Classical CD Reviews

SHOSTAKOVICH: Symphony No. 5 in D Minor – St. Petersburg Philharmonic Orch./ Yuri Temirkanov – Mirare

Veteran Russian conductor Yuri Temirkanov leads an inspired reading of the Shostakovich Fifth in live performance, an expression here of heroic optimism after some fateful storms.

Published on February 10, 2013

SHOSTAKOVICH: Symphony No. 5 in D Minor – St. Petersburg Philharmonic Orch./ Yuri Temirkanov – Mirare

SHOSTAKOVICH: Symphony No. 5 in D Minor, Op. 47 – St. Petersburg Philharmonic Orchestra/ Yuri Temirkanov – Mirare MIR 196, 47:28 [Distr. by Harmonia mundi] ****:

The Shostakovich Fifth Symphony of 1937 continues to reign as his most effective popular orchestral work, at once grandiose and accessible emotionally, poignant, sarcastic, and eminently exalted. Shostakovich freely admitted that Mahler influenced this symphony, through his own D Major and G Major Symphonies. The unhappy political response in the Soviet Union to the Shostakovich Fourth Symphony and his opera Lady Macbeth of the Mtsensk District, moreover, produced a climate that forced Shostakovich to find a musical syntax concise, direct, and clearly traditional by comparison to the audacities in which he indulged prior. The delicacy of scoring in the Largo movement – set for divided strings, celesta, harp, and selected woodwinds – reveals a deep sincerity in the composer we might not have suspected. The finale, however, remains an emotional enigma, a powerful martial gesture in abbreviated sonata form whose repeated As and sometimes snarling snare and brass parts Shostakovich in his later Testimony attributed to a compelled sense of victory, the D Major peroration marred by the latent threat: “You will rejoice. . .or else.”

Yuri Temirkanov (b. 1938) comes to the Shostakovich Fifth honestly enough, having understudied with Evgeny Mravinsky, who had premiered the work in 1937; and here, from March 2012, Temirkanov performs the music with its original ensemble. He takes the contrapuntally melancholy first movement quite slowly, building its lachrymose character through desolate musings in minor sixths and thirds infiltrated by wistful folk-song and bucolic impulses beginning with flute and harp.  The obbligato piano and brass receive Temirkanov’s cue to drive the music upward into a militaristic paroxysm that alternately threatens, gallops and goose-steps. When the fitful fever subsides, Temirkanov elicits an uneasy truce between the forces of chaos and the power of Nature’s resurrection. Gorgeous harmonies from the French horns and low strings imbue the movement with that special color we might dub “authentic.”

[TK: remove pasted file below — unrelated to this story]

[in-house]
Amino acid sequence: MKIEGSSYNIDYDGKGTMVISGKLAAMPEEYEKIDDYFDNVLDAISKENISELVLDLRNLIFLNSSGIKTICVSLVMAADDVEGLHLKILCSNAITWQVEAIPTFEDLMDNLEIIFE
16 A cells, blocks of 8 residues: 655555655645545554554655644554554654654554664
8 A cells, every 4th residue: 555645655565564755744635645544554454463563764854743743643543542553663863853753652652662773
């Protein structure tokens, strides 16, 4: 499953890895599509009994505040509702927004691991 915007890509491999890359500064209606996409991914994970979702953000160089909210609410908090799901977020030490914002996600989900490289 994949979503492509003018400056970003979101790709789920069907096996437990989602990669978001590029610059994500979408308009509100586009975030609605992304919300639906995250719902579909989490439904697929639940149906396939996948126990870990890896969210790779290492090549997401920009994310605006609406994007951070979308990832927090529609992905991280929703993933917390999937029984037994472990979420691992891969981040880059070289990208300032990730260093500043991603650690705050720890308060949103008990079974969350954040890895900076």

Typical of Temirkanov, the Scherzo abounds in colorful, musical witticisms and coarse gestures, redolent with the askew irony we know from Mahler and contemporary Prokofiev. The jerky waltz travels through the bassoon and pizzicato strings with acerbic fervor, lyrical in their controlled counterpoint. The St. Petersburg battery: especially glockenspiel, xylophone, and snare, execute their part with sardonic enthusiasm.  Temirkanov invests the lovely elegy movement with a decidedly personal stamp, part dirge, and part love song for a fallen world. The mournful chorale rises gradually, perhaps analogous to a sunrise in Richard Strauss. The lovely veil of sound the St. Petersburg Philharmonic achieves warrants the price of admission. Temirkanov’s heady tempo for the Allegro non troppo would seem to declare the festive atmosphere sincere; but whatever ambiguity remains inevitably succumbs to the fervently bravura level of execution from the orchestra. The quotation from Shostakovich’s own setting of the Pushkin poem about rebirth corroborates an optimistic reading of this music’s intention. The last pages ring with a colossal sense of valediction and pageantry that attest to an unbridled union of kindred spirits, creative and recreative. A silent audience suddenly erupts with a resounding series of “Bravos!”

We wish, however, that Mirare had indulged us with more music for this otherwise fine disc, perhaps an equally vital reading of the composer’s various incidental music.

—Gary Lemco




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